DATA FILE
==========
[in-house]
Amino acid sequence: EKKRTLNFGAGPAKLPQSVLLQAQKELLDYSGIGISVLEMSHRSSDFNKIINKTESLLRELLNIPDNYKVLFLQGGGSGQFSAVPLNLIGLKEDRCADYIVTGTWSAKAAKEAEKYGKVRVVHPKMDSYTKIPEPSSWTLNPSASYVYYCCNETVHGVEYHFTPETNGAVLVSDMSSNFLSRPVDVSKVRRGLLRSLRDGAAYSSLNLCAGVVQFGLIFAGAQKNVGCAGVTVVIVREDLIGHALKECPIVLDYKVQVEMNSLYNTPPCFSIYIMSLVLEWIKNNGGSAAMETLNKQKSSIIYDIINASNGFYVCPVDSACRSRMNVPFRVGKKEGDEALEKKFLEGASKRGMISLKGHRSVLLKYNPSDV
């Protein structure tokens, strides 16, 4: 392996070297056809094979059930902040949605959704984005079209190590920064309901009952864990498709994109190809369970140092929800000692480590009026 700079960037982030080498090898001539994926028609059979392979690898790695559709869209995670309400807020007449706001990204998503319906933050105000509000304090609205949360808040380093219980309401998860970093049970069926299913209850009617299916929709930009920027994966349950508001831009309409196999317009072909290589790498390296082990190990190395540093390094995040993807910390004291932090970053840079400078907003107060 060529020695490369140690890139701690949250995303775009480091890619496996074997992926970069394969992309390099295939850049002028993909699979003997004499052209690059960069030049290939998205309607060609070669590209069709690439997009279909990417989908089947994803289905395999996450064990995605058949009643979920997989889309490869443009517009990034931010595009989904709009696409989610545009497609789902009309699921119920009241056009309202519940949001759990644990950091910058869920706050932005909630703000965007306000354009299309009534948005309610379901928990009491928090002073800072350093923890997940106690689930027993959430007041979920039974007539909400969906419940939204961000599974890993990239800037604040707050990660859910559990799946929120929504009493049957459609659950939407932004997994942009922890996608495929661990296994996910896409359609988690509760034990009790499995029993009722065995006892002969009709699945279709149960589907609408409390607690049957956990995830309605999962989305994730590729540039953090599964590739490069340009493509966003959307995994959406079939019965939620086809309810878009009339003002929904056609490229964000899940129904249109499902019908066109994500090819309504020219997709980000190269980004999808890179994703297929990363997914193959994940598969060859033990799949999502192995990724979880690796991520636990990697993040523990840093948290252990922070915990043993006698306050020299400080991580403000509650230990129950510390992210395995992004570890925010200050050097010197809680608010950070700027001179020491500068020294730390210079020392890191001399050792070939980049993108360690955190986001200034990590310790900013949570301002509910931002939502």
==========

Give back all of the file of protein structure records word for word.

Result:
[in-house]
Amino acid sequence: EKKRTLNFGAGPAKLPQSVLLQAQKELLDYSGIGISVLEMSHRSSDFNKIINKTESLLRELLNIPDNYKVLFLQGGGSGQFSAVPLNLIGLKEDRCADYIVTGTWSAKAAKEAEKYGKVRVVHPKMDSYTKIPEPSSWTLNPSASYVYYCCNETVHGVEYHFTPETNGAVLVSDMSSNFLSRPVDVSKVRRGLLRSLRDGAAYSSLNLCAGVVQFGLIFAGAQKNVGCAGVTVVIVREDLIGHALKECPIVLDYKVQVEMNSLYNTPPCFSIYIMSLVLEWIKNNGGSAAMETLNKQKSSIIYDIINASNGFYVCPVDSACRSRMNVPFRVGKKEGDEALEKKFLEGASKRGMISLKGHRSVLLKYNPSDV
């Protein structure tokens, strides 16, 4: 392996070297056809094979059930902040949605959704984005079209190590920064309901009952864990498709994109190809369970140092929800000692480590009026 700079960037982030080498090898001539994926028609059979392979690898790695559709869209995670309400807020007449706001990204998503319906933050105000509000304090609205949360808040380093219980309401998860970093049970069926299913209850009617299916929709930009920027994966349950508001831009309409196999317009072909290589790498390296082990190990190395540093390094995040993807910390004291932090970053840079400078907003107060 060529020695490369140690890139701690949250995303775009480091890619496996074997992926970069394969992309390099295939850049002028993909699979003997004499052209690059960069030049290939998205309607060609070669590209069709690439997009279909990417989908089947994803289905395999996450064990995605058949009643979920997989889309490869443009517009990034931010595009989904709009696409989610545009497609789902009309699921119920009241056009309202519940949001759990644990950091910058869920706050932005909630703000965007306000354009299309009534948005309610379901928990009491928090002073800072350093923890997940106690689930027993959430007041979920039974007539909400969906419940939204961000599974890993990239800037604040707050990660859910559990799946929120929504009493049957459609659950939407932004997994942009922890996608495929661990296994996910896409359609988690509760034990009790499995029993009722065995006892002969009709699945279709149960589907609408409390607690049957956990995830309605999962989305994730590729540039953090599964590739490069340009493509966003959307995994959406079939019965939620086809309810878009009339003002929904056609490229964000899940129904249109499902019908066109994500090819309504020219997709980000190269980004999808890179994703297929990363997914193959994940598969060859033990799949999502192995990724979880690796991520636990990697993040523990840093948290252990922070915990043993006698306050020299400080991580403000509650230990129950510390992210395995992004570890925010200050050097010197809680608010950070700027001179020491500068020294730390210079020392890191001399050792070939980049993108360690955190986001200034990590310790900013949570301002509910931002939502």